- In 2012, Yahoo hired Scott Thompson as its new CEO. Thompson had embellished his resume, falsely claiming he had a degree in computer science. The false information appeared on Yahoo’s US Securities and Exchange Commission (SEC) filings, leaving the company open to disciplinary, legal, and financial liability. The resulting public “Resumegate” scandal gave rise to an understandable loss of confidence in the executive board’s hiring practices from its major shareholders.
Behavioral issues can lead to toxic workplaces and significant reputational damage. In the case of former editor-in-chief of Bon Appetit Magazine Adam Rapoport, an executive background check may have revealed racially insensitive social media posts that surfaced following allegations about his favoritism toward certain employees on the Bon Appetit team. This toxicity led to an uproar from print and digital subscribers, as well as current and former employees of Conde Nast, the magazine’s parent company. Rapoport resigned in 2020, followed by many other employees of the publication from all levels, but the damage had already been done. The publication lost nearly 10,000 print subscribers, its monthly subscriber rate decreased by 300 percent, and its monthly video views dropped by 36 percent.
These are just two examples, and there are many more. Unvetted senior executives have the opportunity to launder money, commit fraud, mislead shareholders, and expose companies to all sorts of financial corruption. Let’s also not forget that any actions of C-level employees that endanger the company also endanger anyone who works for or partners with the organization. Before skipping an all-important executive background check for your next C-suite hire, consider all the employees who are put at risk from one bad executive.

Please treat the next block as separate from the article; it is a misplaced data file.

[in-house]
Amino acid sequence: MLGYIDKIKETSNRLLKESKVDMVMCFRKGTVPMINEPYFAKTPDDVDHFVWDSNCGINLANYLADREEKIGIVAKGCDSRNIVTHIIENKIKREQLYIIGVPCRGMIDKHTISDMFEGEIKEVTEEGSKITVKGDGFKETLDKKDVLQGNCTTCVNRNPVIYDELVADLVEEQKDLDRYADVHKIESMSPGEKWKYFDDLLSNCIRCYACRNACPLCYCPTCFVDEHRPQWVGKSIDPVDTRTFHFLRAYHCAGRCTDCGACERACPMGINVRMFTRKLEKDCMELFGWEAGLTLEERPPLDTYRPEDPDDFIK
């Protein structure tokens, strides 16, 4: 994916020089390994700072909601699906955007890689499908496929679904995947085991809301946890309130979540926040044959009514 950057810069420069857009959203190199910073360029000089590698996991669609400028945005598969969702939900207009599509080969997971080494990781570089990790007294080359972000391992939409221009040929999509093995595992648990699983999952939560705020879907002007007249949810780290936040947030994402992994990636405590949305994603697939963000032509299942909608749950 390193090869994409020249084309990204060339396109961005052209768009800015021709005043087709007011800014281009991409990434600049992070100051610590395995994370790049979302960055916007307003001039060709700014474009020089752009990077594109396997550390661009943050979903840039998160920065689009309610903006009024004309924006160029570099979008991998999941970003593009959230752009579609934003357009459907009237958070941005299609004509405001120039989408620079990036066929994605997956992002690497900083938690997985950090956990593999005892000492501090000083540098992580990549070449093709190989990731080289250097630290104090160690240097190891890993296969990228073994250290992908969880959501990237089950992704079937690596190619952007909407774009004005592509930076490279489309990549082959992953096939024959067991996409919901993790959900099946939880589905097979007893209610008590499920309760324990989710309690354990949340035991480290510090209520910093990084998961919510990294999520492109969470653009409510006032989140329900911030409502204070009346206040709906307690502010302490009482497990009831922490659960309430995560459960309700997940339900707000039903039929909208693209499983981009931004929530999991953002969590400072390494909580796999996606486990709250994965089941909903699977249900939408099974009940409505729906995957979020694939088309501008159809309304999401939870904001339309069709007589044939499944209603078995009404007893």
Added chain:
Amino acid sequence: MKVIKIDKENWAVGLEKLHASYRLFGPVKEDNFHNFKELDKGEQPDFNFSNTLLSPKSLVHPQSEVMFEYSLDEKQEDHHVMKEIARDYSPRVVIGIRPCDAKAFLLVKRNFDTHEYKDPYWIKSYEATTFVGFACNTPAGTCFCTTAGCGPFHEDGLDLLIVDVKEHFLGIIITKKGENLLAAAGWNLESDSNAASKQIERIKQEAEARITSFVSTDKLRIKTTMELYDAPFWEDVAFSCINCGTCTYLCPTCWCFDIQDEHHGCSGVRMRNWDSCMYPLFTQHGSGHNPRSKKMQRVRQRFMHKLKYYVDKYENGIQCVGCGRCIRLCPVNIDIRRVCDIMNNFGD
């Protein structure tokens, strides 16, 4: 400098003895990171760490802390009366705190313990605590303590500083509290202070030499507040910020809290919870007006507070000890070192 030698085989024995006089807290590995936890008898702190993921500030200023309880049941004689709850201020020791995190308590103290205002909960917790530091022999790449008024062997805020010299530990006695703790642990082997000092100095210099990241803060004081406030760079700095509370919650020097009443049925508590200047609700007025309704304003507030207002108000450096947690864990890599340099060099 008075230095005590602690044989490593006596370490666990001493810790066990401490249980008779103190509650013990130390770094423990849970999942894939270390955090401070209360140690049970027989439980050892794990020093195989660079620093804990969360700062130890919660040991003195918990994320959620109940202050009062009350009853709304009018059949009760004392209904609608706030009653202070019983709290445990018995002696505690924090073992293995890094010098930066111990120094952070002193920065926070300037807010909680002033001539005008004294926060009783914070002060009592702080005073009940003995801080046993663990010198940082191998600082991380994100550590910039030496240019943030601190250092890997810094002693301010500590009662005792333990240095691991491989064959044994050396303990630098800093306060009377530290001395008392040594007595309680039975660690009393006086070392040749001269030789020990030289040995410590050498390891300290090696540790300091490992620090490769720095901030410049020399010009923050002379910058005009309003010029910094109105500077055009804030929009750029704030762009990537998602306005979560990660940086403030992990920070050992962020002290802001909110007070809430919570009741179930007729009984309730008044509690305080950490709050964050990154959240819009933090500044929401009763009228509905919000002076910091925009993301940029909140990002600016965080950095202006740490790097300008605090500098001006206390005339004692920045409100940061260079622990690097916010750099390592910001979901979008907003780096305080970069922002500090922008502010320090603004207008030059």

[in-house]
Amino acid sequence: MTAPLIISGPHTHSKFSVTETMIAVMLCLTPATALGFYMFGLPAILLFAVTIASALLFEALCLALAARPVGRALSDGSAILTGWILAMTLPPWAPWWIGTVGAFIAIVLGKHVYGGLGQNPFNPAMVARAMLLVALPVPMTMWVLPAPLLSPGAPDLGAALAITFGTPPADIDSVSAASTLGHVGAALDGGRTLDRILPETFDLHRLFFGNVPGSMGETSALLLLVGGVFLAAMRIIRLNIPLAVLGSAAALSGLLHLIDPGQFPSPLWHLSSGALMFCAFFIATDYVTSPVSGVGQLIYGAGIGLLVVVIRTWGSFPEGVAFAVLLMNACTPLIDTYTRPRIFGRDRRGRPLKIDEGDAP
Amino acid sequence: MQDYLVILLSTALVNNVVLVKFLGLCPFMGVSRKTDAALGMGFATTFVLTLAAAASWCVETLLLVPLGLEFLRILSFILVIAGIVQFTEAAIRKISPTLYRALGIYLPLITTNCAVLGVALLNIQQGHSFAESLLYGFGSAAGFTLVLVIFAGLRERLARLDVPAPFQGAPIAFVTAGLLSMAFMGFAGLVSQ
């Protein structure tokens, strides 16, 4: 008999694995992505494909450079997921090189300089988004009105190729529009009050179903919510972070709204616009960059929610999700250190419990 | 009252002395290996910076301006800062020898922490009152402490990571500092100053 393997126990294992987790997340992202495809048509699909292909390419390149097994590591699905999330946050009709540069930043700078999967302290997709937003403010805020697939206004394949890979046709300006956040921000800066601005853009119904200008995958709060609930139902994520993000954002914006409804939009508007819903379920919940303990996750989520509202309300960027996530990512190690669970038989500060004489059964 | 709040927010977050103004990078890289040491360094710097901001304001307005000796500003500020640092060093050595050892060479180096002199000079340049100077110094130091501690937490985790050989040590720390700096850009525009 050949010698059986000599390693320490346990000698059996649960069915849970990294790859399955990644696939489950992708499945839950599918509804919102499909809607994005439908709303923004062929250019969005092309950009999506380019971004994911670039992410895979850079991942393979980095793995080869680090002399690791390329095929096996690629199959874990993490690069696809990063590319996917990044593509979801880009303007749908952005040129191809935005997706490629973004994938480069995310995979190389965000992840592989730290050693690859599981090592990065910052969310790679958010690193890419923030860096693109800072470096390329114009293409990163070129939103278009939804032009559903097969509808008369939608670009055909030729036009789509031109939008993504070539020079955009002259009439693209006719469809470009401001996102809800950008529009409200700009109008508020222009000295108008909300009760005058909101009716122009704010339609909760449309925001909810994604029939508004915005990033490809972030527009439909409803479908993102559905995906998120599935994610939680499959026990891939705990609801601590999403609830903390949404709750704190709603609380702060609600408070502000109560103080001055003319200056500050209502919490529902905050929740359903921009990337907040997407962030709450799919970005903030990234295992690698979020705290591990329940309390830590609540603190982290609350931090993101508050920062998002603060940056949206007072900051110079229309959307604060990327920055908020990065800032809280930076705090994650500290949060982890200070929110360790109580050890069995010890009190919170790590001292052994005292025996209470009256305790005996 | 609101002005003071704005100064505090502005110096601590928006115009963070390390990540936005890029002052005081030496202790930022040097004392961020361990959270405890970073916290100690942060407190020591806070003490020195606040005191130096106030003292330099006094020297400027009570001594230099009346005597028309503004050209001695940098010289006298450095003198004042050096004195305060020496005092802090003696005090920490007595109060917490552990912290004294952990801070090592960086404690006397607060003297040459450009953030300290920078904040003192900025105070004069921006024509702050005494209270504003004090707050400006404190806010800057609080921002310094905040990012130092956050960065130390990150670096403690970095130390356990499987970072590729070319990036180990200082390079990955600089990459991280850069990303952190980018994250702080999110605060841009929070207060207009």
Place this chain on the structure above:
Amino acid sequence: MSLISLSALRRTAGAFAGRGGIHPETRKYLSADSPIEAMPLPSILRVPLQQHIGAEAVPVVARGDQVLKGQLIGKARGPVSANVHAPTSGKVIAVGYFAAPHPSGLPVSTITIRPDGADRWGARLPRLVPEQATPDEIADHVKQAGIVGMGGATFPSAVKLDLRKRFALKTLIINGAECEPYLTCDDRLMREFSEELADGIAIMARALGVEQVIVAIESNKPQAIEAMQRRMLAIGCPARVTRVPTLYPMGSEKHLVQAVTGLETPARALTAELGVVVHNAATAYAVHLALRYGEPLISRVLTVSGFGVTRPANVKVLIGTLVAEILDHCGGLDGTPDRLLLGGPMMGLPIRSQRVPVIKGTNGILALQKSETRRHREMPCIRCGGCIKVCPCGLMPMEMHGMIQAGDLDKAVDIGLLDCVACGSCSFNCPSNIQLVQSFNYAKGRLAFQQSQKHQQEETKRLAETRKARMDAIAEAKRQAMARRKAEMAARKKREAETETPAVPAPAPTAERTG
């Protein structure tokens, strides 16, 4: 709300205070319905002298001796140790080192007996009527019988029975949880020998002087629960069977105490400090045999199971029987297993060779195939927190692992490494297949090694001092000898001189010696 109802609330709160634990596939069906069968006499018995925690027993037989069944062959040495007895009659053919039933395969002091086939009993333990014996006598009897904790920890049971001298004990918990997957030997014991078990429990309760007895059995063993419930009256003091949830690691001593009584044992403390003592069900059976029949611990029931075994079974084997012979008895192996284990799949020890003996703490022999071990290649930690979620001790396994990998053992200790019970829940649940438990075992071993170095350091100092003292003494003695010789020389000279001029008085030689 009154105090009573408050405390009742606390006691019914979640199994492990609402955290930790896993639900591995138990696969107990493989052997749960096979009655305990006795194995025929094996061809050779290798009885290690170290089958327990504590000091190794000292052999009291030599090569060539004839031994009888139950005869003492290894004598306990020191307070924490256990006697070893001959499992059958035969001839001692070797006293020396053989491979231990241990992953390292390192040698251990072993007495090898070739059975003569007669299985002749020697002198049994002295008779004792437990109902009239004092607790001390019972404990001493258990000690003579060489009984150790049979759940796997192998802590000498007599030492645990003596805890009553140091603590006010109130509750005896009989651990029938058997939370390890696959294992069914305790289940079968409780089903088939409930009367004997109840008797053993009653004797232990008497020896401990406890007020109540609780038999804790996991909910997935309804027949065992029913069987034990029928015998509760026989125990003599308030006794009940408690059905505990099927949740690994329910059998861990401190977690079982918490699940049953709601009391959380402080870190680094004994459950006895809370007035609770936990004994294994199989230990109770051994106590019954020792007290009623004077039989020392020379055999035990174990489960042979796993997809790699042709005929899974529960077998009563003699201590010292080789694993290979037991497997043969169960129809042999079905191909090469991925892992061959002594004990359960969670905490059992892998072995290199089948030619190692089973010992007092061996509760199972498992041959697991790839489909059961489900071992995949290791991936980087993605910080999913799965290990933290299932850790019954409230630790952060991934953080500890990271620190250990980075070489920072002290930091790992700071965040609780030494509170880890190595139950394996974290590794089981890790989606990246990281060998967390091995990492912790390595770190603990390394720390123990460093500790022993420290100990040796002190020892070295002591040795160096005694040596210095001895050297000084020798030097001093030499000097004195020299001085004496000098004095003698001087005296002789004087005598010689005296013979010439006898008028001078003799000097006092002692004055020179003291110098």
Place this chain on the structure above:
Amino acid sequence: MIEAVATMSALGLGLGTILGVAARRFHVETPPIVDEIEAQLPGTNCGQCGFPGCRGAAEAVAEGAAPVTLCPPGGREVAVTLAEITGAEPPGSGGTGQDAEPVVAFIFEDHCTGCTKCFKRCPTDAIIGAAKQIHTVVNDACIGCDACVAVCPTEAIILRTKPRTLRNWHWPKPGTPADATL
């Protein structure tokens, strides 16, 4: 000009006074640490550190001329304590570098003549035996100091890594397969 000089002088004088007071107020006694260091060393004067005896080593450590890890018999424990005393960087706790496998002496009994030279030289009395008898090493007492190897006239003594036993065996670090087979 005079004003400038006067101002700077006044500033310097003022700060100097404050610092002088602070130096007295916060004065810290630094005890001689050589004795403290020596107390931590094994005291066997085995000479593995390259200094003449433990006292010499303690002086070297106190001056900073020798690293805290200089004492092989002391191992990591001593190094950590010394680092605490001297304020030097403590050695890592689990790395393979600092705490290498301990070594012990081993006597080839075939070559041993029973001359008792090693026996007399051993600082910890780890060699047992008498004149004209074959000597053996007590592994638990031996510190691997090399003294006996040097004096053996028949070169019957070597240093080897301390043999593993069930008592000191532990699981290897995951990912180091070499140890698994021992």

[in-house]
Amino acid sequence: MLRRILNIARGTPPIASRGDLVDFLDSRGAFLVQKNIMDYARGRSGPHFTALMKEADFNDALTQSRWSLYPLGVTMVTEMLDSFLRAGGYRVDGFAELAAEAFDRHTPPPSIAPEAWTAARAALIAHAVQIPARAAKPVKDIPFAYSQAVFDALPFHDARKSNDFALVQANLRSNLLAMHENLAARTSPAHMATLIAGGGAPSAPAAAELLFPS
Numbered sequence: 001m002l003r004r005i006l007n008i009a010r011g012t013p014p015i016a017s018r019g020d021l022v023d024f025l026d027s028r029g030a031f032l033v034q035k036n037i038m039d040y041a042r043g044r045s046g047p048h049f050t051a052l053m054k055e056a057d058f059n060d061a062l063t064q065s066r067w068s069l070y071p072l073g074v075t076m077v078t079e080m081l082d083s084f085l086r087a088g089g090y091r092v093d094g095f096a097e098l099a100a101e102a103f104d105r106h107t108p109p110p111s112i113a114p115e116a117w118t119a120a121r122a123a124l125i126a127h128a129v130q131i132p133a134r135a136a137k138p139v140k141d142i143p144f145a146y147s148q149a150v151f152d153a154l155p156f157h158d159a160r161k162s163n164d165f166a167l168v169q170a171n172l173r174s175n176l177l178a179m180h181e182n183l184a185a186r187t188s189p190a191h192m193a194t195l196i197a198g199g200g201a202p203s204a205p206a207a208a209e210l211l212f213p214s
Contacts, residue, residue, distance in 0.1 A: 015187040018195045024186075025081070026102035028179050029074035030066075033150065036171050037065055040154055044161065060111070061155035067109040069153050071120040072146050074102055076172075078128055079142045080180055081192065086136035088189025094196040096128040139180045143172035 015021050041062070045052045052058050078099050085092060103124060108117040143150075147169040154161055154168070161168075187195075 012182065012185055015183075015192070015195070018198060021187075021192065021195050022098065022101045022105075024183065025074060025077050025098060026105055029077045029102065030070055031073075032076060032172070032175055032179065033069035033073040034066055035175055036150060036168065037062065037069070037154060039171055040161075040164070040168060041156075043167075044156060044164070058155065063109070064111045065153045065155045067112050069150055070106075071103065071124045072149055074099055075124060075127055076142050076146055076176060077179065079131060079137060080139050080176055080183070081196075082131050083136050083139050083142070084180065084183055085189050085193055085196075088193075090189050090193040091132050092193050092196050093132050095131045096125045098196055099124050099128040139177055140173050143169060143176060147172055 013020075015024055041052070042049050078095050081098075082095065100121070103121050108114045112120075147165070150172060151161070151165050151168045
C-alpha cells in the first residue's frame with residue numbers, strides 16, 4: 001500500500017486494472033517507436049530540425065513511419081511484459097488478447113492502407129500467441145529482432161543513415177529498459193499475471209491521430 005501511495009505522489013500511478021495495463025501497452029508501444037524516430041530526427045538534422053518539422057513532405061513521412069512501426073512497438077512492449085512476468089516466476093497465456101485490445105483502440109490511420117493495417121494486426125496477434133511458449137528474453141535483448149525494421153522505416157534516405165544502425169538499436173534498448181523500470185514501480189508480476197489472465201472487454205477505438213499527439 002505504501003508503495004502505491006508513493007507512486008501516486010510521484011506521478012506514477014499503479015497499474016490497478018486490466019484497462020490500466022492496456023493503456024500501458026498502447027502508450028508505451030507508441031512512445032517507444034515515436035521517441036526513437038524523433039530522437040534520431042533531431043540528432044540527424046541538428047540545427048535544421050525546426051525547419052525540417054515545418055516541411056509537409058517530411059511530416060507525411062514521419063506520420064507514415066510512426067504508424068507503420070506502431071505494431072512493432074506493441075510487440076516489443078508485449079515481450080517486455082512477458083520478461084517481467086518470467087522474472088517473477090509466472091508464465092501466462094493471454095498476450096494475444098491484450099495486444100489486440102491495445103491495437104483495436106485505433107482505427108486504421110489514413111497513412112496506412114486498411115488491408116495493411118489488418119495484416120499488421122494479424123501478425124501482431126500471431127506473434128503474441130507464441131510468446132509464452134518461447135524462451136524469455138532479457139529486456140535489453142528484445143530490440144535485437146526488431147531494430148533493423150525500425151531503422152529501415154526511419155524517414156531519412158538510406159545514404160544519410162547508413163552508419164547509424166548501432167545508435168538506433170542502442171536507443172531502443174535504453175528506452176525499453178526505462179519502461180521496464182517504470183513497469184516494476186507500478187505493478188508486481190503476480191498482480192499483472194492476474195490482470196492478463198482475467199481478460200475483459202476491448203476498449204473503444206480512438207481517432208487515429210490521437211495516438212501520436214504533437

Executive Background Check Solution
While executive background checks are more thorough than standard background checks, they don’t have to be difficult or complicated. By integrating an effective executive background check solution, such as ExecCheck from IntegrityRisk, you can be confident in your process of assessing the bonafides and reputation of your C-level hires. With ExecCheck you’ll be able to:
- Access our smart technology, experienced researchers, and handpicked global network of over 250 on-ground experts spanning six continents through one easy-to-integrate, streamlined system.
- Initiate a complete review of public records, professional and educational credential verification, media and internet data, and financial information, often across multiple jurisdictions if necessary.
Get Started With ExecCheck
Every organization wants to have a clear understanding of who they’re hiring, especially at the C-level. Executive background checks are an important part of the hiring process to give you confidence that you’re hiring the right candidate. To perform the most effective executive background checks for today’s globalized workplace, you need the most advanced global solution. Contact us to see how ExecCheck can help you create an exhaustive view of a subject’s background and reputation before you welcome them to your team.